Structure is the Key to Successful Offshore Fishing

Structure is the Key to Successful Offshore Fishing
In offshore fishing, most all understand that structure is the key to success. It can be as subtle as a hard spot or live bottom, a rip or surface flotsam. Much of this structure will change over time, some will improve as others diminish or just float away and disperse as the wind and waves take their inevitable tolls. Time, weather, currents and composition of the structure itself all factor into just how well a spot holds fish and its overall lifespan. Most all of us can remember places that we once fished with regular success, only to watch it disappear over time, to the point that it no longer exists.

One thing we are blessed with in the western Gulf of Mexico is vast areas of live bottom. Although theses areas change from time to time, for the most part they stay fairly consistent. Most are salt domes encrusted with soft corals and various other types of marine growth, providing the essential habitat needed for many fish to survive and thrive.

With the rise of the offshore drilling industry we saw a boom off the Texas coast in the number of production platforms. Theses platforms quickly became an extensive de facto reef system. Many of us can remember these rigs being some of the first places that we learned to hone our skills and regularly found success on reef fish as well as pelagic species. I personally remember the old Buccaneer field when it still had many standing rigs. Now there are two TPWildlife buoy's marking the location of a couple of the Buccaneer rigs that were reefed in place and the rest have been removed with no sign they ever existed.

In the days of reduced bag limits and shortened seasons due to some species being deemed overfished, habitat is the one thing we need to hold onto. It just makes sense to me, that if we need to increase the biomass of our offshore fishery, we need habitat to support not only the fish we target but the entire food chain. Every time we lose one of these rigs, we lose not only a nice fishing spot, but the very habitat that the resident fish have come to depend upon. Production rigs make ideal artificial reefs because they are environmentally safe, are constructed of durable and stable materials that already support a thriving reef ecosystem.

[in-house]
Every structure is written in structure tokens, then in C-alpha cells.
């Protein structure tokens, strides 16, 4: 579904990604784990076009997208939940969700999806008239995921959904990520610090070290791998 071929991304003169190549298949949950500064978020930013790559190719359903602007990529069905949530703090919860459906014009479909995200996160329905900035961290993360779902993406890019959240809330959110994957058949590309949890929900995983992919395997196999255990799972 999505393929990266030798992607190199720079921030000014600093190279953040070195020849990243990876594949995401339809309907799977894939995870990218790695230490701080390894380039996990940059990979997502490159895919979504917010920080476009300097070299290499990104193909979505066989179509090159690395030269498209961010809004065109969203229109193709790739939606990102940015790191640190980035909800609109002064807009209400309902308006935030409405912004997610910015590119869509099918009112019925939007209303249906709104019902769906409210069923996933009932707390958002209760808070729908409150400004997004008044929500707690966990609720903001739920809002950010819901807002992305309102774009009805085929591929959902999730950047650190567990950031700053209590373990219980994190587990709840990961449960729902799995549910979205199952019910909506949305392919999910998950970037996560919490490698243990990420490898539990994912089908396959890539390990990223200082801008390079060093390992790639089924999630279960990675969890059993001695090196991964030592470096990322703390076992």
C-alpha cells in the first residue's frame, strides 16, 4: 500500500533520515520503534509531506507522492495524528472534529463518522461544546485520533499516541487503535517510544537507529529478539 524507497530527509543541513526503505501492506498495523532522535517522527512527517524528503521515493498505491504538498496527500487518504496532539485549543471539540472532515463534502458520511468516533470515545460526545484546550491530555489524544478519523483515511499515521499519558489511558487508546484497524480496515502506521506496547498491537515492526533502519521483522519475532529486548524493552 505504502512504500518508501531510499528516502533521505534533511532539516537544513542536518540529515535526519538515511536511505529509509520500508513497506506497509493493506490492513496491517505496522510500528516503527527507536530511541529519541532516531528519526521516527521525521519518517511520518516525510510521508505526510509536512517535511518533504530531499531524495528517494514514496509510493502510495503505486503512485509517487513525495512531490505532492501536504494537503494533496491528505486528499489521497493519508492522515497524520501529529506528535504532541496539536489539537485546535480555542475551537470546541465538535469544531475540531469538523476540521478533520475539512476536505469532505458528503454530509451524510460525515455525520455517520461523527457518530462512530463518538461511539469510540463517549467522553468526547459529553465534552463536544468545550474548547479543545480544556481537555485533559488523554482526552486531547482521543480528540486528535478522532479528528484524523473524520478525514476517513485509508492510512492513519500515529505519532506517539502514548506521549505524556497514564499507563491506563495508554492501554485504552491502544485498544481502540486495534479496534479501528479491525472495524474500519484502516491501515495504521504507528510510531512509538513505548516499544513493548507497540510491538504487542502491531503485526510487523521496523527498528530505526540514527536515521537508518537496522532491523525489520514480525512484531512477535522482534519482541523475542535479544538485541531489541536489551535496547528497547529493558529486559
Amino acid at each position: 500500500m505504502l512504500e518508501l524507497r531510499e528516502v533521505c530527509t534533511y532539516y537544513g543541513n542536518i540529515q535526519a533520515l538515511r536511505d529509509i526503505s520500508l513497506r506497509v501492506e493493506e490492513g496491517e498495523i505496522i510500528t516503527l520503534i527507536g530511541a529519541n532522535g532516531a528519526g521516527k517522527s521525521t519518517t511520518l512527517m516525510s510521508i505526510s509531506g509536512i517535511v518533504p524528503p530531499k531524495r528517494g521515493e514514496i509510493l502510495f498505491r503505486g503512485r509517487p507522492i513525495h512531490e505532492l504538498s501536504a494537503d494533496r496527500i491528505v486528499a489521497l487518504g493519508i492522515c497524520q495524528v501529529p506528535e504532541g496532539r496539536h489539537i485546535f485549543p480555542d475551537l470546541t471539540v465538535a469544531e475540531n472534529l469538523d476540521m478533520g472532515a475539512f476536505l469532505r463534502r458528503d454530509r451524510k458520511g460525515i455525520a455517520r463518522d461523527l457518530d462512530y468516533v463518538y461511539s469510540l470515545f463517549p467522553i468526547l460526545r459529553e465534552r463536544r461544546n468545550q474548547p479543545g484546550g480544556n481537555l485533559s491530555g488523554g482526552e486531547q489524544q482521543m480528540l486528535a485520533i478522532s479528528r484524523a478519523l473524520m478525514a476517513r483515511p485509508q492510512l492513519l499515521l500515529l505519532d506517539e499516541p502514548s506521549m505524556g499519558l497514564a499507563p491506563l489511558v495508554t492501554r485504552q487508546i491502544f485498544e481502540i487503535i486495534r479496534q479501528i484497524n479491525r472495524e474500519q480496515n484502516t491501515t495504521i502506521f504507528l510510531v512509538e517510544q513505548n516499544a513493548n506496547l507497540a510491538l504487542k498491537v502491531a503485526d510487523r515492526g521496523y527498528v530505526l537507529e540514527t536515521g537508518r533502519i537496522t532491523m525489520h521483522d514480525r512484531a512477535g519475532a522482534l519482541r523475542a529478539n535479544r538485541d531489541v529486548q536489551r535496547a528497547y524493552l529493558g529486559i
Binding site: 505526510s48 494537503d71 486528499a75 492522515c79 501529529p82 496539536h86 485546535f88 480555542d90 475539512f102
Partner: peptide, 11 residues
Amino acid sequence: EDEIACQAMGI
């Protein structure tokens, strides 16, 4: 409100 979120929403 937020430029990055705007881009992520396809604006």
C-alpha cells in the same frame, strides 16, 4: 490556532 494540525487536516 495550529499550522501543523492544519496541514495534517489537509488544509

Texas Parks and Wildlife currently has mechanisms in place to reef the current rigs that still exist. It is called ''Rigs to Reefs" and is the heart of the Texas Artificial Reef Program. It primarily involves the recycling of obsolete petroleum platforms into permanent artificial reefs rather than allowing them to be taken ashore as scrap.

The artificial reef act of 1989 directed TPWD to promote and enhance the artificial reef potential off the coast of Texas. TPWD under this directive would later develop the Texas Artificial Reef Program and begin working with oil and gas companies to reef the platforms that were no longer in production or those that had just reached the end of their working lifespan.

To date more than 100 platforms have been donated by the oil and gas industry. TPWD also receives 50% of an oil company's savings from converting the rig to a reef instead of taking it to shore for salvage. The moneys received by the program are used to finance research, administration, maintenance, liability, and construction of new artificial reefs. The funds also make the Texas Artificial Reef Program self-sufficient, with no need for taxpayer dollars.

The federal agency that governs this activity is The Bureau of Ocean Energy Management, Regulation and Enforcement, (BOEMRE). This agency is tasked with the responsibility for overseeing the safe and environmentally responsible development of energy and mineral resources on the Outer Continental Shelf.

Recently there has been a push to remove what is coined as "Idle Iron" and this current push to remove all rigs that are no longer production has all but halted the Rigs to Reefs project and we are seeing the rigs removed at an alarming rate. The practice of what is called Reefing in Place by partial removal has become increasingly difficult under new regulations and requirements placed on the program by BOEMRE.

The most recent mass removals of production platforms has been occurring in the Port Aransas , Corpus Christi area and has sparked a grass roots movement in that area in attempt to change the current regulations and save as many of the rigs as possible for reefing in place.

At the forefront of this movement is The Saltwater-fisheries Enhancement Association (SEA). This is a nonprofit organization that is dedicating much of its resources to the preservation of our production platforms by working on changing the current regulations that will ease what some consider unreasonable requirements that currently discourage the success of the Rigs to Reefs program.

The SEA is currently looking for help from the likes of you and I in this worthwhile movement to save what is left of our vast de facto reef system sitting just off our shores.
I regularly fish many of the production platforms that were reefed in place off the upper Texas Coast and I can testify to their success as fish holding hotspots. For more information on SEA and what we can do to help promote this worthwhile reefing project, you can visit

With everything that is facing our offshore fishery and with the population along our coast increasing every year, it is inevitable that the number of people wanting to enjoy our Gulf will increase as well. Structure will always be a major factor in the sustainability of our fishing resources. Getting involved by writing a letter or volunteering a little time to help ensure that we preserve what we currently have is the least that we can do.